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That largely depends upon the terrain you are hunting and the density of birds in the area. That being said, before me or any of my hunting friends had any disposable income (or discipline) to buy and train dogs, walking up birds was or primary means of shooting them.
 

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Michael, not a waste at all.
Like rpm, I too had to pheasant hunt in the old days without a dog. The key is to kick the smaller cover, work it slowly, zig zag as you walk, stopping occasionally, hunt all the way to the end of the cover. As you gain experience and start flushing some birds you will learn what type of cover is more productive than others and how to work those areas.

In this late season you can hunt a lot quieter than many guys with dogs because many of them are always having to yell at their dogs. Quiet hunting often means close flushes.

Good hunting!
Wayne
 

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we hunted in central SD 2 weeks ago and we didnt have a dog for the most part a golden that did our retrives and we didnt need a pointer at all, and we had our limits every dayit was easy where we were. The rabbits were as big as my dogs back home and we could have shot them all day also. but alot depends on the cover also late in the season some places dont leave much cover and the birds spook easier also and the grouse coud see you coming a mile away but still walked up a few in some ditches. You dont have to have a dog but its a treat to watch a good dog work.
 

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I agree with Riley. It can be done, but it is far more enjoyable with a good dog. To be honest, if I didn't have a dog, I probably wouldn't hunt upland or waterfowl. They are my true enjoyment. The teamwork between hunter and dog is awesome.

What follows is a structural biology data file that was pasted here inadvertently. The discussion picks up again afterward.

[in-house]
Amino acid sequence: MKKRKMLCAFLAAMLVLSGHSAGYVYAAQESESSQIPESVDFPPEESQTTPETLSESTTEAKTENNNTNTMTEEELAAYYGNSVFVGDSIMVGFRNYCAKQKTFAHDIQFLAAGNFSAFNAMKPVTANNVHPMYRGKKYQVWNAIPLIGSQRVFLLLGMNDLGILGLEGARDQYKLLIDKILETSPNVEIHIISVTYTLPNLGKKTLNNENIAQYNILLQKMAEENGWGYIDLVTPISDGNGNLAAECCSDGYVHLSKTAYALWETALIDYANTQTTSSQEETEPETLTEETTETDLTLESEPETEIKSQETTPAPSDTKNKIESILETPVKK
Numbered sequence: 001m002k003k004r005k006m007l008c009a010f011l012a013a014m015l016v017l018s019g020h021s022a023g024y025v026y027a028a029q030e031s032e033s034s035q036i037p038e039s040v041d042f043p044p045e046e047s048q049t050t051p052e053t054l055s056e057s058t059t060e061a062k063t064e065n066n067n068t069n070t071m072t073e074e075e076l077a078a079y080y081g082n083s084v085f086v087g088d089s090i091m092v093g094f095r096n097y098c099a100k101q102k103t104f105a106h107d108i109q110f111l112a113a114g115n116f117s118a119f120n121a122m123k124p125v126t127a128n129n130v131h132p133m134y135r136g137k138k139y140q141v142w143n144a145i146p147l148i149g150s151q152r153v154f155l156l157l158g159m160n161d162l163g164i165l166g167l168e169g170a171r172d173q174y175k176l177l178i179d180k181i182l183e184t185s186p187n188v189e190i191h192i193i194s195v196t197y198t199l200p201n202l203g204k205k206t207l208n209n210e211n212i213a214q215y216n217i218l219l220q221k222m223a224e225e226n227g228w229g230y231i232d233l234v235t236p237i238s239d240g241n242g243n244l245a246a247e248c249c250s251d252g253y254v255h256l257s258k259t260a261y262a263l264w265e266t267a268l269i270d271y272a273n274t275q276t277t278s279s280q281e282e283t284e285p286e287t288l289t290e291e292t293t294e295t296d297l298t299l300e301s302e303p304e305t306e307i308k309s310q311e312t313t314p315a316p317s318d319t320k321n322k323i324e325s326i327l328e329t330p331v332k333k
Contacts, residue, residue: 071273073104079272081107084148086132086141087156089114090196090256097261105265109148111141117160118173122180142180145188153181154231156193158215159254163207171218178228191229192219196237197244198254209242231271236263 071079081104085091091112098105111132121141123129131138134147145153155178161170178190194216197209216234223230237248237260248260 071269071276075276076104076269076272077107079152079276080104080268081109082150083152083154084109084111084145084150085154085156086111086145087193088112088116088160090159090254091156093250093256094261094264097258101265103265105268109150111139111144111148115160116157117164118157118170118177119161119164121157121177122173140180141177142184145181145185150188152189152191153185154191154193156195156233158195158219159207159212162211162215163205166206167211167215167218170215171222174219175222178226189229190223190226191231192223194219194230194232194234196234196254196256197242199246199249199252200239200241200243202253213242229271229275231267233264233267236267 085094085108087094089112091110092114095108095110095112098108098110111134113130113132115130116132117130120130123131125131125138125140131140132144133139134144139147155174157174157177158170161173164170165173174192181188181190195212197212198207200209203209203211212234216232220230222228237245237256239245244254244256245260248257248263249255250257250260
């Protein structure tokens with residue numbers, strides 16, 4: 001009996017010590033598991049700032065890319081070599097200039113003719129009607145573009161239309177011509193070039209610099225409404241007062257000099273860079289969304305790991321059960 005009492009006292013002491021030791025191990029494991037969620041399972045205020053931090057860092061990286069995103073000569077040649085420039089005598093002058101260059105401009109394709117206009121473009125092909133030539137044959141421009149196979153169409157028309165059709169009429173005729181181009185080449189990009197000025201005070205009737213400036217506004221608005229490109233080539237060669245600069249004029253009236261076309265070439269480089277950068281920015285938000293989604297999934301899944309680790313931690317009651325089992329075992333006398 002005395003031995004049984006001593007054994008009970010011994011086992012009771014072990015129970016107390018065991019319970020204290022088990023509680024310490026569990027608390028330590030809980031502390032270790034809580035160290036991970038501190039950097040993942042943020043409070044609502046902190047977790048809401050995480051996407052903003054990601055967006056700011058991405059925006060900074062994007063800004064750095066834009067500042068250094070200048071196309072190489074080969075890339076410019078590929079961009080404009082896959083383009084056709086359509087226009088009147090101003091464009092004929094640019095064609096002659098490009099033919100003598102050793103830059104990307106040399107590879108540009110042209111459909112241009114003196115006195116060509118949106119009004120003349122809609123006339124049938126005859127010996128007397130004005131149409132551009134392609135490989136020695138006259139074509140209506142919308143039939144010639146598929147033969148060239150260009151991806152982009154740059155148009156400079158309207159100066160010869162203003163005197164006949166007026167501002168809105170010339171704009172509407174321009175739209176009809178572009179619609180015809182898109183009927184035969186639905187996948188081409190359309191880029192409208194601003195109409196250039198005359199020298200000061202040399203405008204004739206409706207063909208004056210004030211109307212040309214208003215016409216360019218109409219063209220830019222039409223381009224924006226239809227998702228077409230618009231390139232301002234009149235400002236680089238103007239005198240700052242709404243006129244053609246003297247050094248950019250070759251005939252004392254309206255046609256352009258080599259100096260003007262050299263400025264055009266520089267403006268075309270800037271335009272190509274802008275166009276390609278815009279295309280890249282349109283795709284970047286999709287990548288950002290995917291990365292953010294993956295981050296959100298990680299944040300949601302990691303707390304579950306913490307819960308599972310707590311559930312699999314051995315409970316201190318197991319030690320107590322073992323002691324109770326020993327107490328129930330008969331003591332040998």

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Have only used dogs a couple of times at my uncle's place in Kentucky. Have not hunted with dogs in over 40 yrs in Illinois and have done alright, even limited out a few times. I've even done better than some friends who did use dogs.
 

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Hi, Slick13...DwayneDW gave you some good pointers. That bit about stopping from time-to-time is more important that many hunters think. Pheasants can be tricky...flushing wild one minute and sitting very tight the next. When hunting without a dog, you'll walk right by those that are sitting tight. If you stop and wait a bit (and that sort of depends, but a minute or two, usually) the birds will get nervous. That's when they'll take to the air and give you a shot.

The other good tip is to hunt all the way to the end of the cover. Again, pheasants will run ahead of you as long as there is cover (and you'll be surprised at how little cover they need to stay hidden! At the end of it, though, they'll flush. If you give up 10 or 15 or 20 yards from the "end" because you haven't seen anything, you could well be stopping just short of the good shooting. Again...at the very end, take your time and wait 'em out. (That's good advice even if you have a dog!)

Finally...if you have a hunting partner, together you'll cover more than twice the territory. I often hunt alone (no friends, I guess... :lol: ) but I've got dogs. Without a dog, though, you will see more birds if there's another pair of feet on the ground.